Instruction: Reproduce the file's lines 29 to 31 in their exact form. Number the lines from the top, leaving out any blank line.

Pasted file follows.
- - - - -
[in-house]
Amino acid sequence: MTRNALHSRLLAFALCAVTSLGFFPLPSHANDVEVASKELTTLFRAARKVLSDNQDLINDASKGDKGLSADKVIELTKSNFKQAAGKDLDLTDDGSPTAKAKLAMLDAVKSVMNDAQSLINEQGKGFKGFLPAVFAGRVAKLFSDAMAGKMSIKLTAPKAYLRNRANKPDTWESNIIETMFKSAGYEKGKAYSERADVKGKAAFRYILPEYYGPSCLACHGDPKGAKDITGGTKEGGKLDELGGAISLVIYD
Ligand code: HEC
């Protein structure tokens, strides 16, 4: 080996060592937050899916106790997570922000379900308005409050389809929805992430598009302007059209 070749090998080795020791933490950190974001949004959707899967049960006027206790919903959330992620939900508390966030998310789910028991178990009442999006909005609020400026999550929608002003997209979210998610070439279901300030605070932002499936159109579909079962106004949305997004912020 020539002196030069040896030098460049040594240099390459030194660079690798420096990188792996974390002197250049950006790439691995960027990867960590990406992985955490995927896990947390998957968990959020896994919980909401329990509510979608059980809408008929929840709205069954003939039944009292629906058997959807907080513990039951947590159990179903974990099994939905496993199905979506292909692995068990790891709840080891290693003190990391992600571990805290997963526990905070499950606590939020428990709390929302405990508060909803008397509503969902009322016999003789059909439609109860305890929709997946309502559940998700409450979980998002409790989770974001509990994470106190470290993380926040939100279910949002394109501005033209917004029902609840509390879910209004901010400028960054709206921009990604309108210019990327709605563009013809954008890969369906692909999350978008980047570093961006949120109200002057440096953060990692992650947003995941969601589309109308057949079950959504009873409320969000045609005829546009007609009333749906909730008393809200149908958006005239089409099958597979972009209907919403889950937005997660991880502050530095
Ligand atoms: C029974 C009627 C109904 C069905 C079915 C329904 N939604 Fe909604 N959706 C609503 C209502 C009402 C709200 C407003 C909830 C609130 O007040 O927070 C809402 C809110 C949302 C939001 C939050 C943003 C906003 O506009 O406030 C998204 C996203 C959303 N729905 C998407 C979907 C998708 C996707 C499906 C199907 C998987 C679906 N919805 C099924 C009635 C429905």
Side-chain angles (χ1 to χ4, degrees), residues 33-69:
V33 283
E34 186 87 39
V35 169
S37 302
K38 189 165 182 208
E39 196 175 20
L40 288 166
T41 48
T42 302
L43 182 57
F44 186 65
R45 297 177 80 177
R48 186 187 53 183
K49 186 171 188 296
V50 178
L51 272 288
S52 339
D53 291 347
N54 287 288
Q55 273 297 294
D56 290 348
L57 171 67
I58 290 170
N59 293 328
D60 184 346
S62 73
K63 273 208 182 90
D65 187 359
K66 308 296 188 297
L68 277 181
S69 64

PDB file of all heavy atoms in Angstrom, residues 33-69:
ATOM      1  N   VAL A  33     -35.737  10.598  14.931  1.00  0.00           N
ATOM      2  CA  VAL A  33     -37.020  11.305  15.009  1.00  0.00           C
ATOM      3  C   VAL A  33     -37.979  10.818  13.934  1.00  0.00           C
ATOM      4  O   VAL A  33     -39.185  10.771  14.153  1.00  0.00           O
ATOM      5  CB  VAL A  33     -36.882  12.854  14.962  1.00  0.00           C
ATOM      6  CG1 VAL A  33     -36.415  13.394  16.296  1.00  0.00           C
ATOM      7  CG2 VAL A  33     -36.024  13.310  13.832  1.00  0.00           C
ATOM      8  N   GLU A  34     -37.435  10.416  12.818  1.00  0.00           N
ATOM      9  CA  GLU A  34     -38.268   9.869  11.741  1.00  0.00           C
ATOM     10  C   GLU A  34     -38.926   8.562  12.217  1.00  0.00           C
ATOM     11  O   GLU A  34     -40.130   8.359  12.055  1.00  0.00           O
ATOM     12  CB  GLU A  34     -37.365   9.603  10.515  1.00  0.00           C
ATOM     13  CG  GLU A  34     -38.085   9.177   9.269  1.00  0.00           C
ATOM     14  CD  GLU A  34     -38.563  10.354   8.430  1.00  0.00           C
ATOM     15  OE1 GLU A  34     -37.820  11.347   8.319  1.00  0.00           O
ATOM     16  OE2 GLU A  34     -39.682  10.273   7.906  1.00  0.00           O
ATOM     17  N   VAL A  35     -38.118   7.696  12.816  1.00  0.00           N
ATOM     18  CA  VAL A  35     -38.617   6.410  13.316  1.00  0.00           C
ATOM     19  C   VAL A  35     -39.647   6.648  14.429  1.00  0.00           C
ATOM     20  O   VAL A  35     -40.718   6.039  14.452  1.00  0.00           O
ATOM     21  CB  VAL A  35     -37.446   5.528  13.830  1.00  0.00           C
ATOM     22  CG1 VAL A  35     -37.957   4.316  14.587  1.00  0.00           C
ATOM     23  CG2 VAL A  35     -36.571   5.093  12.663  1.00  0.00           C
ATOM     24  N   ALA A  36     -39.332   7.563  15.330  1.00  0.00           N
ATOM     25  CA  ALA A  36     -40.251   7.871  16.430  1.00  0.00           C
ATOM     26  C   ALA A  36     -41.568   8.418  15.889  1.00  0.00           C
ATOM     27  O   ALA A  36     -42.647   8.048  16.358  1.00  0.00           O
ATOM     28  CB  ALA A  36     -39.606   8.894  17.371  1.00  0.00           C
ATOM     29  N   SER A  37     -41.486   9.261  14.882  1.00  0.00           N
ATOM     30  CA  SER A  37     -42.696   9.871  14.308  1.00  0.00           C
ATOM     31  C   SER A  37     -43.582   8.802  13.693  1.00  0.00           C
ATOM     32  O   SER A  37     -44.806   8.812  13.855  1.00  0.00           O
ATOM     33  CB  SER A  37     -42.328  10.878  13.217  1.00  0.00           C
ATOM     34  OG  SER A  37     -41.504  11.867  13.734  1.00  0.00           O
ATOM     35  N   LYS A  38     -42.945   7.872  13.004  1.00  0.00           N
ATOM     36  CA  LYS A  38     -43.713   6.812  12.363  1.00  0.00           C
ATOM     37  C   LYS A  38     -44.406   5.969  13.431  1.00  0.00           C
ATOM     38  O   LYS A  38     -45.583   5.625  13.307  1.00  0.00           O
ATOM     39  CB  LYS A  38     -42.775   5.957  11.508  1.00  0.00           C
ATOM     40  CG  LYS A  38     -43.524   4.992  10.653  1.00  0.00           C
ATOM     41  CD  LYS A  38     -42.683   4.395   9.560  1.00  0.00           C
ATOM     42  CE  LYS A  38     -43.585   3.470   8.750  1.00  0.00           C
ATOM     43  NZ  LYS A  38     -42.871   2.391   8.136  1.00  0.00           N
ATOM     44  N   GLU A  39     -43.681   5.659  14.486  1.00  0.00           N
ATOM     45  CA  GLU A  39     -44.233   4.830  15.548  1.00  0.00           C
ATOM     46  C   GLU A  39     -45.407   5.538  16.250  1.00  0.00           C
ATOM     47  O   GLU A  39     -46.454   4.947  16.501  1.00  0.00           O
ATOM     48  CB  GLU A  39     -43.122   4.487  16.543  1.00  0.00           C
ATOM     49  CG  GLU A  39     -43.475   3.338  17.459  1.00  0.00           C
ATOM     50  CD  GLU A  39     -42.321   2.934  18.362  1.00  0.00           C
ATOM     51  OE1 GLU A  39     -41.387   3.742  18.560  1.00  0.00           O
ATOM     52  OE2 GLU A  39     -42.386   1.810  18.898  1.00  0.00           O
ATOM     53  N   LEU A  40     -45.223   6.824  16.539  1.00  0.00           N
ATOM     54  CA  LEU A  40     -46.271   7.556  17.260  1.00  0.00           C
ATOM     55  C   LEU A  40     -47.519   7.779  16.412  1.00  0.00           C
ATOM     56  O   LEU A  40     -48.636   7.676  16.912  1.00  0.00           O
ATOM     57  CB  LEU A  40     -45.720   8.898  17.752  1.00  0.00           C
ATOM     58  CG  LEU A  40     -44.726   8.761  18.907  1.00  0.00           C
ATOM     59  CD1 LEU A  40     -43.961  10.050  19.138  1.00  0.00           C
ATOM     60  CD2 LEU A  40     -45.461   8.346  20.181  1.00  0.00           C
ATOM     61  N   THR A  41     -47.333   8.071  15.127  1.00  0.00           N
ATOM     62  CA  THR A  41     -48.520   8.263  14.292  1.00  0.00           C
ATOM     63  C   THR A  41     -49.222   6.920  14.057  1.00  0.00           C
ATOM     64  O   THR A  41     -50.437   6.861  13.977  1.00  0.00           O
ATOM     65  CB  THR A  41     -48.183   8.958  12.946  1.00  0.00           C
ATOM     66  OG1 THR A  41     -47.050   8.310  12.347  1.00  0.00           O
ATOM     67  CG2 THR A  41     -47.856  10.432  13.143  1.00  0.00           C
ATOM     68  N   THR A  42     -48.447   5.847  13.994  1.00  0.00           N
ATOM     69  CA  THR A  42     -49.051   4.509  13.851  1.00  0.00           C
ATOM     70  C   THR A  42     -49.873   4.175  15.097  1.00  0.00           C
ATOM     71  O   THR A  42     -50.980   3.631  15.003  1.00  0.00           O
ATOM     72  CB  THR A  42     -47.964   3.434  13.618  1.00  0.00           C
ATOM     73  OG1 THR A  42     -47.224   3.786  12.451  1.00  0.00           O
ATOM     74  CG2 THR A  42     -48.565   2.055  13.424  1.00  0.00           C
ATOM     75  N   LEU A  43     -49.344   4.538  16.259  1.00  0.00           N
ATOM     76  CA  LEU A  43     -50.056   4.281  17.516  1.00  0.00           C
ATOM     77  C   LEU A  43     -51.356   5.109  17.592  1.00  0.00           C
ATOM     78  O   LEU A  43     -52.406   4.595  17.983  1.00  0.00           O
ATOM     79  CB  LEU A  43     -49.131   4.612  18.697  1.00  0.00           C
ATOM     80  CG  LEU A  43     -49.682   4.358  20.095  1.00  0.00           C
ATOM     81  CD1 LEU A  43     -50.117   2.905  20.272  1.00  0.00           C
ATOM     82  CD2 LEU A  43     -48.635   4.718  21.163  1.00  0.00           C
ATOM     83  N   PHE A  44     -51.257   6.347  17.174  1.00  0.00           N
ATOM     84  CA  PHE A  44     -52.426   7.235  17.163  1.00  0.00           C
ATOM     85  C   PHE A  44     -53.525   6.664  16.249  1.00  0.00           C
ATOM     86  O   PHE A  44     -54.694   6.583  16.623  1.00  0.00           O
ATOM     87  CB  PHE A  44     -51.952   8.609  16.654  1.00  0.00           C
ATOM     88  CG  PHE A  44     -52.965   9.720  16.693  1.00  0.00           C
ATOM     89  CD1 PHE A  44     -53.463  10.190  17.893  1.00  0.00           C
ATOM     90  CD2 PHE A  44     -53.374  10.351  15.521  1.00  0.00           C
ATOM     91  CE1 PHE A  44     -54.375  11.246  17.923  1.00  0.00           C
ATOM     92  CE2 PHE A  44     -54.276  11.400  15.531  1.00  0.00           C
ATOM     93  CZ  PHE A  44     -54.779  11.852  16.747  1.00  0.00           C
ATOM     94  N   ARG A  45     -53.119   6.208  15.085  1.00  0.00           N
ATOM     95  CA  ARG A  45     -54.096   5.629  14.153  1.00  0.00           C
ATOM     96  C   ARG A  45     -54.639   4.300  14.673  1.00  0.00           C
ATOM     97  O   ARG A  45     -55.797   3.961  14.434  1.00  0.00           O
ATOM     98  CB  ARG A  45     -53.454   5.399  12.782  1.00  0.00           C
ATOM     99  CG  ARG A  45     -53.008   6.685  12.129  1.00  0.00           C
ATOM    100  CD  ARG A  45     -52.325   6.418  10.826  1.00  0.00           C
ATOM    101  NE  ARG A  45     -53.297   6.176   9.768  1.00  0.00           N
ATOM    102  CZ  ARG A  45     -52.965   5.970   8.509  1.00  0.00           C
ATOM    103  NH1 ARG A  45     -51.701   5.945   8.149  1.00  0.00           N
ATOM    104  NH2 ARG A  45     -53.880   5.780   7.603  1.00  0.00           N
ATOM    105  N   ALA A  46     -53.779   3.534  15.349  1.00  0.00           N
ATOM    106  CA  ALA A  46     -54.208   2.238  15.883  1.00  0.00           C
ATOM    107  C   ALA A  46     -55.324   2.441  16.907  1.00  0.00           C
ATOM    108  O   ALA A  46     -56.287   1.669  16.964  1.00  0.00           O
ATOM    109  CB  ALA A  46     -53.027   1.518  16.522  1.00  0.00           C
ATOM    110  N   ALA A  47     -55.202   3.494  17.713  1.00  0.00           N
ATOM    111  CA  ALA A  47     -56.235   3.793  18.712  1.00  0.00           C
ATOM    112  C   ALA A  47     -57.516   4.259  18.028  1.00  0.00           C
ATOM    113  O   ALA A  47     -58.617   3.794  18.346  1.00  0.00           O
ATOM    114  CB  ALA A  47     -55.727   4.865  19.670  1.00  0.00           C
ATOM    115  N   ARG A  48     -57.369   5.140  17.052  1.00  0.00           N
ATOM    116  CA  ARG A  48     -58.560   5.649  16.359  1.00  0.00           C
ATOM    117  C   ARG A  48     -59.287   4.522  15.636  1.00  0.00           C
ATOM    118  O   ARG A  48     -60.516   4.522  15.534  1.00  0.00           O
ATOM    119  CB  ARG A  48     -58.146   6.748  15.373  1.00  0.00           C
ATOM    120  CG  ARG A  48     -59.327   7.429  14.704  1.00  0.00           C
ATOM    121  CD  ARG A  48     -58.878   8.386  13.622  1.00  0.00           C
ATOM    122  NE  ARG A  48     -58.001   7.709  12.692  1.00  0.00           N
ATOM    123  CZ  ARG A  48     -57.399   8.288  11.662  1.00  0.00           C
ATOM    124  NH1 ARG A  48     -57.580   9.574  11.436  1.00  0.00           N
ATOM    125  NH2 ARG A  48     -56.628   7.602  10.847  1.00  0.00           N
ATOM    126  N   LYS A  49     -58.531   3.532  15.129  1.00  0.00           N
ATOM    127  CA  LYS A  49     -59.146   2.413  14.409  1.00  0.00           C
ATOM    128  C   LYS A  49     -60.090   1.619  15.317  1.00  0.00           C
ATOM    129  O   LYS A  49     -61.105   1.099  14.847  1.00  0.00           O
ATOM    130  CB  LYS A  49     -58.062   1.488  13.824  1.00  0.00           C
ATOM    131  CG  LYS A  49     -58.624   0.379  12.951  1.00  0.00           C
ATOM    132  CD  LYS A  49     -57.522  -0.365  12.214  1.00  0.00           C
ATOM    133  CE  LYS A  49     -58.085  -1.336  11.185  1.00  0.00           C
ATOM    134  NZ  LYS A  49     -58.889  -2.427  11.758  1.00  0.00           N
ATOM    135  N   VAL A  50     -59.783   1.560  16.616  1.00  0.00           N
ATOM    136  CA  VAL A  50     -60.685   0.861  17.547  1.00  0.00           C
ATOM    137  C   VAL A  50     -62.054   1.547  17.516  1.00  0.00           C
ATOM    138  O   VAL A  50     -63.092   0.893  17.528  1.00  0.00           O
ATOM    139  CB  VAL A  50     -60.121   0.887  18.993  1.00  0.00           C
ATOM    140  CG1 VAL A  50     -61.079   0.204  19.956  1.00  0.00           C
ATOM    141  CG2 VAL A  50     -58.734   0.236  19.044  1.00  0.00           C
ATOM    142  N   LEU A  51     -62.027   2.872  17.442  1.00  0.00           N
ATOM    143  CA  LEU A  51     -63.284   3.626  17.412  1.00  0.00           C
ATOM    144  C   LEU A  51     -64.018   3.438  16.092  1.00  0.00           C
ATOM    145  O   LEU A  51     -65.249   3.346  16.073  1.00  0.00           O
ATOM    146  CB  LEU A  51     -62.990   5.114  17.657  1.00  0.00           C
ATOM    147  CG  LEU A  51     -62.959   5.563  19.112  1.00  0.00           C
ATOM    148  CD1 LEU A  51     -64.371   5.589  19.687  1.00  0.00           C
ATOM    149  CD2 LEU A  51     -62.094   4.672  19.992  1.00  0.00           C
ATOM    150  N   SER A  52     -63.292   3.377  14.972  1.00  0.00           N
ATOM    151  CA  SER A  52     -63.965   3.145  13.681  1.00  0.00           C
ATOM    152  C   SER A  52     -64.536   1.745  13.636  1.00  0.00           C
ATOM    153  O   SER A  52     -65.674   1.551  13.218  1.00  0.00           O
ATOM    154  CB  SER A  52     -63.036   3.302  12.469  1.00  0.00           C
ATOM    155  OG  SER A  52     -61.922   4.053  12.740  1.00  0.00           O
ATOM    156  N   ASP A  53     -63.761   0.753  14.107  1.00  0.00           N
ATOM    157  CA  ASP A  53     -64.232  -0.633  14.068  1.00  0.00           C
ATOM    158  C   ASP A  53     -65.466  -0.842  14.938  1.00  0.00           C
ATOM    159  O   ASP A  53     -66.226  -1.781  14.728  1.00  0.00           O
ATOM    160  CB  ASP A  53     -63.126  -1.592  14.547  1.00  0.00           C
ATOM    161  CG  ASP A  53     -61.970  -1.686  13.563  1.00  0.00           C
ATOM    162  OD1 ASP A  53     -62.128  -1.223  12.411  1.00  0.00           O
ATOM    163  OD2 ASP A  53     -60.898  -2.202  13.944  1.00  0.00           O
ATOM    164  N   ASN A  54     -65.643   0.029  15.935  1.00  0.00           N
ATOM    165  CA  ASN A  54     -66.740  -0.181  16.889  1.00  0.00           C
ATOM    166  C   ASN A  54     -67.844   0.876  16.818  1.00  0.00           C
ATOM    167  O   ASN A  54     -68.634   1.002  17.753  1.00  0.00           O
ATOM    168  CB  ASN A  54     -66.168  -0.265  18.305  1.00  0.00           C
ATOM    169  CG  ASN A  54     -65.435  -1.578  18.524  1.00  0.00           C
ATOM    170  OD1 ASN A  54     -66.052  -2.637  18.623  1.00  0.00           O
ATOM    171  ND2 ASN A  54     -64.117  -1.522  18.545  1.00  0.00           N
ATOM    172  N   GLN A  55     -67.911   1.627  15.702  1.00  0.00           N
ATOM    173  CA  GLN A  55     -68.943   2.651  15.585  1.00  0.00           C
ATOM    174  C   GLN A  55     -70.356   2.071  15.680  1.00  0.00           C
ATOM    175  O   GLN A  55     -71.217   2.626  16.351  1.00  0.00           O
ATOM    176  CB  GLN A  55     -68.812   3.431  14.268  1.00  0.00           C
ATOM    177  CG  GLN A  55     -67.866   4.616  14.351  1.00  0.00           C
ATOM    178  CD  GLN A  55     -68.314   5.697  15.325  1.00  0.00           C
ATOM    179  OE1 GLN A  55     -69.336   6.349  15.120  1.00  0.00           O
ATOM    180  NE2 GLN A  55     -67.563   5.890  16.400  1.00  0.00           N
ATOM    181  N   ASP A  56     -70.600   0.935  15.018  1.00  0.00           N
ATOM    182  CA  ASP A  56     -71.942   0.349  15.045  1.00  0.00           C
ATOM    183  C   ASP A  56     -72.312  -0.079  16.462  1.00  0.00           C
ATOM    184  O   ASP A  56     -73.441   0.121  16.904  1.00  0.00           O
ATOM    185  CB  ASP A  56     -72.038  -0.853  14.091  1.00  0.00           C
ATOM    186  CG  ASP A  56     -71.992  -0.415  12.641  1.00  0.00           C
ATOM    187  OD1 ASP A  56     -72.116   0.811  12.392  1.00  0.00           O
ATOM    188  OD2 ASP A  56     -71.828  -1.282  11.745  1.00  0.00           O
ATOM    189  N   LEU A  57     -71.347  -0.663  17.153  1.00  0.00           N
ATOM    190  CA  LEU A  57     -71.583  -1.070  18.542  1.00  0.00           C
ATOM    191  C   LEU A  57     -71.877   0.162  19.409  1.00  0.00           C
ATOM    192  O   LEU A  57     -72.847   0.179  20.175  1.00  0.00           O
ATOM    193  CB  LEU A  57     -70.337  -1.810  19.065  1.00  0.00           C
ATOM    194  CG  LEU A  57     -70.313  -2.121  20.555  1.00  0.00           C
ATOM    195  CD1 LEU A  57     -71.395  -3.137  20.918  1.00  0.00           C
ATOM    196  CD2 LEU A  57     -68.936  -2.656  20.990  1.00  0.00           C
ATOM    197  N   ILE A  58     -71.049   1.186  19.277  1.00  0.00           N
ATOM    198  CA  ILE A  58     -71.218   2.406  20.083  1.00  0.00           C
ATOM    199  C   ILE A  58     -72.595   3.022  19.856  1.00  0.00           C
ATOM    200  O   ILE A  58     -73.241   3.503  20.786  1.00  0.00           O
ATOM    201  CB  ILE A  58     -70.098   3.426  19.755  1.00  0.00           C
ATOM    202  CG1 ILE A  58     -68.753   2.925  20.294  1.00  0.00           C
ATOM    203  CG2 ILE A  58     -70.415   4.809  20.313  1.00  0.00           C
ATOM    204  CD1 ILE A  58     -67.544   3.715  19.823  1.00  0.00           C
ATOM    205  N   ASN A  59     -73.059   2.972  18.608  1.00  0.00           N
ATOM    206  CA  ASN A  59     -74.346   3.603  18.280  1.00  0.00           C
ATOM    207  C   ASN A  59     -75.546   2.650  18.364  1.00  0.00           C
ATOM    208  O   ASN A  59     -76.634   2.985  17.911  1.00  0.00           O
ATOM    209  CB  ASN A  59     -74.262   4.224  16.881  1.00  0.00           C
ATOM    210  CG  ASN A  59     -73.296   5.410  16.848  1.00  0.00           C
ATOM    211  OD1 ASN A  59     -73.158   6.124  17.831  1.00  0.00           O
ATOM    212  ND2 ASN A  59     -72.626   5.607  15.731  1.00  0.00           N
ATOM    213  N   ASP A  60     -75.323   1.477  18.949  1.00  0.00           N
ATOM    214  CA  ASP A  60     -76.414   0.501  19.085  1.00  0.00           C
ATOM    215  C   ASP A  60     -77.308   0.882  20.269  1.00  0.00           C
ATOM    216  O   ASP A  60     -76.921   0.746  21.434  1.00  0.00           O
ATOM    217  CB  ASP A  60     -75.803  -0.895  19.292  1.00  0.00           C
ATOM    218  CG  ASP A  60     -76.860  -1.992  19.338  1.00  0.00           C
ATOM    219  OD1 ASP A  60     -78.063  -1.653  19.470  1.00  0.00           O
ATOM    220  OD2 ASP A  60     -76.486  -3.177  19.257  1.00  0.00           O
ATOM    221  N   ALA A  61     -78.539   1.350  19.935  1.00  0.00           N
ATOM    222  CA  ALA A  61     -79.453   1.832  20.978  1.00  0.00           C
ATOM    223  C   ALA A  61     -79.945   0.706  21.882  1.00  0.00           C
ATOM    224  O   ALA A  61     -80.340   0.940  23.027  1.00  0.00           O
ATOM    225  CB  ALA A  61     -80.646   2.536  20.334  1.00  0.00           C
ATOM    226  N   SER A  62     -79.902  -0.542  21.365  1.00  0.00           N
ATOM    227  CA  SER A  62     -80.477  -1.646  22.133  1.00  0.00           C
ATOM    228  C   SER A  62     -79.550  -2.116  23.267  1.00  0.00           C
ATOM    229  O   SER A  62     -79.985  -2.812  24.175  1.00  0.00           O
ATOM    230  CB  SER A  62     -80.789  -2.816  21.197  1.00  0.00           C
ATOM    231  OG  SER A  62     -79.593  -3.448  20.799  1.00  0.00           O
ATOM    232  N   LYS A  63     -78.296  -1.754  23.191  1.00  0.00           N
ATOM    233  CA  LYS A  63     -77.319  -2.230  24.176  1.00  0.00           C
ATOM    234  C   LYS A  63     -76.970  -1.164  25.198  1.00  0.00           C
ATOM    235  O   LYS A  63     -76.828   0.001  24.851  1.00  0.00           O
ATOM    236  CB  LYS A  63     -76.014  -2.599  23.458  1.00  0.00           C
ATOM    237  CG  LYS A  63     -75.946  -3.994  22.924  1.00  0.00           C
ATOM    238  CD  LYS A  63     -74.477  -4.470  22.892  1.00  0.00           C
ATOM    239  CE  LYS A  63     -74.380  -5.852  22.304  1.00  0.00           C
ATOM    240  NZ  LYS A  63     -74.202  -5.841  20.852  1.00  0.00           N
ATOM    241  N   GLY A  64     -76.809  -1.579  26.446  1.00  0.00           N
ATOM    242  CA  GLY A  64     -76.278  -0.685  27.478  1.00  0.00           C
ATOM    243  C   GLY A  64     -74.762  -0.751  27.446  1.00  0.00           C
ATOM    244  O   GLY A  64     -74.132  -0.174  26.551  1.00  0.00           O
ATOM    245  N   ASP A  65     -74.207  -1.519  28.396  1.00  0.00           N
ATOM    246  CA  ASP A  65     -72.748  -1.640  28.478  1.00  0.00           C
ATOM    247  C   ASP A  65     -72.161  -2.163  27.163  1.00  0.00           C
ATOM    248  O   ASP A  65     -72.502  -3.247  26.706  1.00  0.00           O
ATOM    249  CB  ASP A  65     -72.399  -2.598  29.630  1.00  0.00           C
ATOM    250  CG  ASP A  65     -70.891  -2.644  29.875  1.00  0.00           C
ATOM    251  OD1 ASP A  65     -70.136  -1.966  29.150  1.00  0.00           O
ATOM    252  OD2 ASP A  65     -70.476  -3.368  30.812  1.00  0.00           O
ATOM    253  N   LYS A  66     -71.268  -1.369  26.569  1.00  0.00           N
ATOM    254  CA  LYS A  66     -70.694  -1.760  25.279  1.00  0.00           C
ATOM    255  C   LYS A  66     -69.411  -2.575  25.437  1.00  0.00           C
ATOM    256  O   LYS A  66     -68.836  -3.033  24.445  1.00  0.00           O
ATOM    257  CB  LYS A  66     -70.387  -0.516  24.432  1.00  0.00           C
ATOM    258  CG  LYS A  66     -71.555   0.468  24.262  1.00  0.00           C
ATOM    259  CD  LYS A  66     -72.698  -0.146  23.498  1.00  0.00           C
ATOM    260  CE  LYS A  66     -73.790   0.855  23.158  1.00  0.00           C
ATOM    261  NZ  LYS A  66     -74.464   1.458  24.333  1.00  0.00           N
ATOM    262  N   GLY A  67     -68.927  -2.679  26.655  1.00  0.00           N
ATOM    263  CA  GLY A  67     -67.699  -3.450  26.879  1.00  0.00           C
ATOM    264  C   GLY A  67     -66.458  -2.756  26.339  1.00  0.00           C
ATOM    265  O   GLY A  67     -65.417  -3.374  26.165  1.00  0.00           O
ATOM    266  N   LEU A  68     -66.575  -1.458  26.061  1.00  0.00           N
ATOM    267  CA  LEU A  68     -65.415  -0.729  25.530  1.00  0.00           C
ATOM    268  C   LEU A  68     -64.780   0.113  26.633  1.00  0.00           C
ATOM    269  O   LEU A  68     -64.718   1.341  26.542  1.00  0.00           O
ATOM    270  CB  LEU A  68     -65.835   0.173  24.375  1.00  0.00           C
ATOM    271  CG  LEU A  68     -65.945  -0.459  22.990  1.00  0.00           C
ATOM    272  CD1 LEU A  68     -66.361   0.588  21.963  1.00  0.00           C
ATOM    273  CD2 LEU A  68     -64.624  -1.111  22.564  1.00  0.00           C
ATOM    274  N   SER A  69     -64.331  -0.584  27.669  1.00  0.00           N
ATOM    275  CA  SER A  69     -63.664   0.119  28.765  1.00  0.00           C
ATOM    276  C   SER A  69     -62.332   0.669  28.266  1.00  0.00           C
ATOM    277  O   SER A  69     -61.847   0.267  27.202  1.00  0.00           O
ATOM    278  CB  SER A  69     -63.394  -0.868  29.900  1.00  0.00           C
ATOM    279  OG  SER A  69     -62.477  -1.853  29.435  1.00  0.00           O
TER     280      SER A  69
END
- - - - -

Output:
I58 290 170
N59 293 328
D60 184 346